In a passive bi-amp setup, where one is using the internal (passive) crossovers on a speaker with the various sections separated (ie any plates removed) then one has one amp powering the lowpass xover inputs, and one powering the highpass xover inputs.
The LOAD on each of these amps is LESS than the load present if one of the amps was driving both xover inputs in parallel (As is the case in a normal single amp situation.)
Because the impedance of the tweeter+highpass network is high at low frequencys - there is a capacitor in series (and perhaps an inductor in parallel) with basically a resistive device (The driver) in the below 1kHz range. This presents a very high impedance which is very easy to drive - the current involved is minimal. Thus the amp is under less stress. It has higher current reserves for the highs (Which it doesn't need much for anyway as Chu indicates above).
What about the lows?
The impedance of the woofer plus any series inductors and parallelled caps rises at frequencies above the xover point. Thus, the load the amp must supply current to is reduced. Note that it is not reduced all that much as the power content of high frequencies is very low. Thus, one does not see the same advantages as for the tweeter amp.
What's the benefit of active biamping (possibly using a passive xover before the amps)?
This has the further effect in that the amp is no longer amplifying any signals outside of the small(ish) passband that the particular driver it is supplying is operating over. Thus one achieves all the benefits of the above PLUS the added benefit that there is no xover network between the amp and the speaker. This means that ALL the power that the amp is producing is used to drive the speaker. None get's wasted away through heat via the inductors and resistors etc. in the xover network. One sees benefits here for the amp supplying the lows as there is no series inductance which has an inevitable loss of efficiency due to the DCR of the inductor. Efficiency is also increased in the amp supplying the highs as there is no series resistance involved (Usually used in passive xovers to decrease the level of the tweeter to that of the woofer).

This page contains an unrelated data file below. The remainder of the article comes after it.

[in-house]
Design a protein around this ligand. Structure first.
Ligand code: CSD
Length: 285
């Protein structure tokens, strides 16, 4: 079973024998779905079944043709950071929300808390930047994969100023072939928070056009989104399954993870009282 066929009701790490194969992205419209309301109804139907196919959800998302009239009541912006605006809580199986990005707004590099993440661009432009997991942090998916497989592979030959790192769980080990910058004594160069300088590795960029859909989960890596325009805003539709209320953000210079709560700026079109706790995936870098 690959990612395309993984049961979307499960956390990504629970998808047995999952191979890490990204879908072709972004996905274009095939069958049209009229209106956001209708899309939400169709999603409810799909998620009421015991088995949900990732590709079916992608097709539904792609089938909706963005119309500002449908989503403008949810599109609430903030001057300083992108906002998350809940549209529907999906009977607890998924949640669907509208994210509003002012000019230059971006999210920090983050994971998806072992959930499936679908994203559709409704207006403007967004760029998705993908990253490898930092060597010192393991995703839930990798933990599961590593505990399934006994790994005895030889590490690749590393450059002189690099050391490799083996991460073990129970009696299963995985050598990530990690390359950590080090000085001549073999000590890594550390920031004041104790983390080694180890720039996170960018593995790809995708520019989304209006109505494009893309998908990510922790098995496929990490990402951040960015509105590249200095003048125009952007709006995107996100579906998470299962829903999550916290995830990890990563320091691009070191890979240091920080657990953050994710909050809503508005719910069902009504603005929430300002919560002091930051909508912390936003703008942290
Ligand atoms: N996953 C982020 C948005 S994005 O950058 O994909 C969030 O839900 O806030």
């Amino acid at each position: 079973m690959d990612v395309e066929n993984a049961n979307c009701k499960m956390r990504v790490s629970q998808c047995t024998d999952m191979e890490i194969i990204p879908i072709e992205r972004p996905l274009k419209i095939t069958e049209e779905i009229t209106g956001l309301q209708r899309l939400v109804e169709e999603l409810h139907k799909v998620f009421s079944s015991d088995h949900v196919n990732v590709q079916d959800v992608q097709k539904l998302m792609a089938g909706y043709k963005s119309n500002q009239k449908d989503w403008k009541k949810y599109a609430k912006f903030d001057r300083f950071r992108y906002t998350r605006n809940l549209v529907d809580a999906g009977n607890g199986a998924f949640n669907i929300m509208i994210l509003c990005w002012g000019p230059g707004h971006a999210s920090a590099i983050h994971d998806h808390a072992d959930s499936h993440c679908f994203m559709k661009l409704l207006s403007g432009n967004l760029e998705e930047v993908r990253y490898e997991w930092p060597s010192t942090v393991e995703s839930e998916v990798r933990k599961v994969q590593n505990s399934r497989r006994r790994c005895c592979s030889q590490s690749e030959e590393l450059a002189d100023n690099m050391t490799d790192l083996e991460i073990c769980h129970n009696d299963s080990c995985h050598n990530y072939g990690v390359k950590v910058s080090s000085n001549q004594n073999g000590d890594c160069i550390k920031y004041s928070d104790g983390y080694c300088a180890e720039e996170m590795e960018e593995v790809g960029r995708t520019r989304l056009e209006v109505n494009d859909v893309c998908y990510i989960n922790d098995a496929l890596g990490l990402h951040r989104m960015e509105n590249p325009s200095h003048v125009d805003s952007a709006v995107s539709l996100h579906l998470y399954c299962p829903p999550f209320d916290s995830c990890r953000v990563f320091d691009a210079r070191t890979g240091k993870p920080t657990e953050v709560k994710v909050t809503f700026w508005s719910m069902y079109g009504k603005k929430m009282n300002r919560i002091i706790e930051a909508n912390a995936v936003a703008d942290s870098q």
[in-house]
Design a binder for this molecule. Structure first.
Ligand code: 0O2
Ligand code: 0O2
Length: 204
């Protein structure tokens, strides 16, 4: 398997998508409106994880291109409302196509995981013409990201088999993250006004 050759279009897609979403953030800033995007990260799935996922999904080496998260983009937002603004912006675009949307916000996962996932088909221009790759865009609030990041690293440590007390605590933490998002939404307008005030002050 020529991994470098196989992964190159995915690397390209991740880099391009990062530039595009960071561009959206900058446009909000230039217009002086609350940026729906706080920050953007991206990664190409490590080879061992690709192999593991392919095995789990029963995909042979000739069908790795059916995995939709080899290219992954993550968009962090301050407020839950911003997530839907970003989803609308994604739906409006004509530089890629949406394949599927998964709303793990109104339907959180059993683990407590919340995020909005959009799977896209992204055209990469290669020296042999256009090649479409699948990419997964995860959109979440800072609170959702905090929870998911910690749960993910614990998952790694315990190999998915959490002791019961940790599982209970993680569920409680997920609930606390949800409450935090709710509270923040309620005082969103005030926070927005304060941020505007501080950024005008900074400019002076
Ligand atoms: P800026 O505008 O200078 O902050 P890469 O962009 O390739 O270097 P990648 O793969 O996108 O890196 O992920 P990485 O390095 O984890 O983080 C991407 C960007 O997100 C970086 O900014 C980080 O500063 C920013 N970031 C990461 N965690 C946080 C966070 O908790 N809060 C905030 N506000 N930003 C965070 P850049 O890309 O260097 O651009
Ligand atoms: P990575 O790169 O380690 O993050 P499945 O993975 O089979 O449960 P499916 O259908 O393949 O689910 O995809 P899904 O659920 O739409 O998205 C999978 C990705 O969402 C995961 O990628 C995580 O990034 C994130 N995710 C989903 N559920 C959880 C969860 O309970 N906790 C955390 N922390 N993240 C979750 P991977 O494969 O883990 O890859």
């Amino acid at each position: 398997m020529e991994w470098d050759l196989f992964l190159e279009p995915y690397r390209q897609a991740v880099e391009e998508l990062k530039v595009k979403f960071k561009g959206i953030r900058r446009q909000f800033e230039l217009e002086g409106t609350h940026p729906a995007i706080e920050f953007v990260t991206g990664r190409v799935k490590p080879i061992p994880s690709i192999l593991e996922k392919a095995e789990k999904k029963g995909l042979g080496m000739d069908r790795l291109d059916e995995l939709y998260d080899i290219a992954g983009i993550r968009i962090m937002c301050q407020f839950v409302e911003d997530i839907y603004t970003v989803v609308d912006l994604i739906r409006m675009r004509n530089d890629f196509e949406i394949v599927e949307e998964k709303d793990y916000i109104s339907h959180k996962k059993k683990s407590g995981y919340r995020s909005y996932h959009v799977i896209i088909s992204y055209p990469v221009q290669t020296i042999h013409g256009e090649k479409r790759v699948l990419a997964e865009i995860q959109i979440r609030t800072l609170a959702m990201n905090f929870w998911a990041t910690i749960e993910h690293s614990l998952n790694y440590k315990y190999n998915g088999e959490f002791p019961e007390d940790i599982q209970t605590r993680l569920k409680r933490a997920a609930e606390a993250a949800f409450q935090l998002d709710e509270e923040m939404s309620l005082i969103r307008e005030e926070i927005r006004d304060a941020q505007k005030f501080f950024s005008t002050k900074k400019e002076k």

As has been indicated above by other posters, any active setup has to be well designed from the beginning. I strongly suggest you learn something about speaker design before attempting anything of this nature. There's no point throwing money at something in hopes of improving it if you don't understand how things work - this is a waste of time and money and is why so many charlatans exist in this industry.
So what's the answer?
YES, it IS possible to increase the quality of sound in this fashion. Any improvements will come in the highs mainly - note that you can use a lower powered amp on the highs in this case. Will you HEAR any difference? Try it and see. (Yes, I wussed out).
Thanks for clarifying Jonathan, you seem to really know what you're talking about. I think that because of the intermodulation distortion in the amplifiers (Chu rolls his eyes ), bi-amping can help (cleaned up highs for me, except I didn't have a good enough bass amp so I had to go back). Also, it can give more headroom to bi-amp than to simply use an amplifier of twice the power rating... the sum of the wave amplitudes with momentary peaks can be double what it was before, that's in theory up to 3db more headroom than a double-power amp with 40% higher voltage rails.
And yes, mirroring a passive network's response is really hard. I'll be trying, soon, to get it "close enough" actively with my speakers. Steep filters and nice linear/accurate drivers help, except mine are iffy.